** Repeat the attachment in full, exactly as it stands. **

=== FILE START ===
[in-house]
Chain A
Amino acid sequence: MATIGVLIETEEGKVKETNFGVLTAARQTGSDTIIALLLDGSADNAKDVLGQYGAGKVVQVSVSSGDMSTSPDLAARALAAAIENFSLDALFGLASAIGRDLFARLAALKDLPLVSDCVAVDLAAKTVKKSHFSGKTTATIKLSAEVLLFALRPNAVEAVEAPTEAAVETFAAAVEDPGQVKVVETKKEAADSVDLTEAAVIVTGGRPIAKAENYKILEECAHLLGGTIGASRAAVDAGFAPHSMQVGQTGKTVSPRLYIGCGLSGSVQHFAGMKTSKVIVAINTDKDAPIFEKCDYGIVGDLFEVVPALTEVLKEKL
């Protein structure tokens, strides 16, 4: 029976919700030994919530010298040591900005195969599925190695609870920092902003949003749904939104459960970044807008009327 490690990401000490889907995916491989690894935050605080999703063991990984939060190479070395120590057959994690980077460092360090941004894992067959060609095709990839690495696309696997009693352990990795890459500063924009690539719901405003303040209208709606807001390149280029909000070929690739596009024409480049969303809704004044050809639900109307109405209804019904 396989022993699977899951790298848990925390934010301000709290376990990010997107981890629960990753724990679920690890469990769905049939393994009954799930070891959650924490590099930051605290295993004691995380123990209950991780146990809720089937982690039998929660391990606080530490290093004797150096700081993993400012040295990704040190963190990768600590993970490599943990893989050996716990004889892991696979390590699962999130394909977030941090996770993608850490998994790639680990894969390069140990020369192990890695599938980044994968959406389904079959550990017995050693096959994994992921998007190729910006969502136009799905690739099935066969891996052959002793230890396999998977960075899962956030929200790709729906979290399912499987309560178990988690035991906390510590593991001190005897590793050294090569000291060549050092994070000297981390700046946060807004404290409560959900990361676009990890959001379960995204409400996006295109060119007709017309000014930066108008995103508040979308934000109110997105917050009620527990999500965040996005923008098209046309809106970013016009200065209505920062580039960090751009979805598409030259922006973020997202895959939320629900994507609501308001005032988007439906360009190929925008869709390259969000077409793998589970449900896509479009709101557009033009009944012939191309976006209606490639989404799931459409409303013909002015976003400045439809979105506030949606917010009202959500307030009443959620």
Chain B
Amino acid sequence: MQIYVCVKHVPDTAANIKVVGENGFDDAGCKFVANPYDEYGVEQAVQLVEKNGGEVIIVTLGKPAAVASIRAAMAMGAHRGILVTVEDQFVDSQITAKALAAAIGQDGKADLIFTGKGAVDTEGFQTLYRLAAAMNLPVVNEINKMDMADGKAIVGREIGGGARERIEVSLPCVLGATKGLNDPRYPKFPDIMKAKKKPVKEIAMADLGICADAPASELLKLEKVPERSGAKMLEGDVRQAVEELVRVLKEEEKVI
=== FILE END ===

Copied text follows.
[in-house]
Chain A
Amino acid sequence: MATIGVLIETEEGKVKETNFGVLTAARQTGSDTIIALLLDGSADNAKDVLGQYGAGKVVQVSVSSGDMSTSPDLAARALAAAIENFSLDALFGLASAIGRDLFARLAALKDLPLVSDCVAVDLAAKTVKKSHFSGKTTATIKLSAEVLLFALRPNAVEAVEAPTEAAVETFAAAVEDPGQVKVVETKKEAADSVDLTEAAVIVTGGRPIAKAENYKILEECAHLLGGTIGASRAAVDAGFAPHSMQVGQTGKTVSPRLYIGCGLSGSVQHFAGMKTSKVIVAINTDKDAPIFEKCDYGIVGDLFEVVPALTEVLKEKL
């Protein structure tokens, strides 16, 4: 029976919700030994919530010298040591900005195969599925190695609870920092902003949003749904939104459960970044807008009327 490690990401000490889907995916491989690894935050605080999703063991990984939060190479070395120590057959994690980077460092360090941004894992067959060609095709990839690495696309696997009693352990990795890459500063924009690539719901405003303040209208709606807001390149280029909000070929690739596009024409480049969303809704004044050809639900109307109405209804019904 396989022993699977899951790298848990925390934010301000709290376990990010997107981890629960990753724990679920690890469990769905049939393994009954799930070891959650924490590099930051605290295993004691995380123990209950991780146990809720089937982690039998929660391990606080530490290093004797150096700081993993400012040295990704040190963190990768600590993970490599943990893989050996716990004889892991696979390590699962999130394909977030941090996770993608850490998994790639680990894969390069140990020369192990890695599938980044994968959406389904079959550990017995050693096959994994992921998007190729910006969502136009799905690739099935066969891996052959002793230890396999998977960075899962956030929200790709729906979290399912499987309560178990988690035991906390510590593991001190005897590793050294090569000291060549050092994070000297981390700046946060807004404290409560959900990361676009990890959001379960995204409400996006295109060119007709017309000014930066108008995103508040979308934000109110997105917050009620527990999500965040996005923008098209046309809106970013016009200065209505920062580039960090751009979805598409030259922006973020997202895959939320629900994507609501308001005032988007439906360009190929925008869709390259969000077409793998589970449900896509479009709101557009033009009944012939191309976006209606490639989404799931459409409303013909002015976003400045439809979105506030949606917010009202959500307030009443959620």
Chain B
Amino acid sequence: MQIYVCVKHVPDTAANIKVVGENGFDDAGCKFVANPYDEYGVEQAVQLVEKNGGEVIIVTLGKPAAVASIRAAMAMGAHRGILVTVEDQFVDSQITAKALAAAIGQDGKADLIFTGKGAVDTEGFQTLYRLAAAMNLPVVNEINKMDMADGKAIVGREIGGGARERIEVSLPCVLGATKGLNDPRYPKFPDIMKAKKKPVKEIAMADLGICADAPASELLKLEKVPERSGAKMLEGDVRQAVEELVRVLKEEEKVI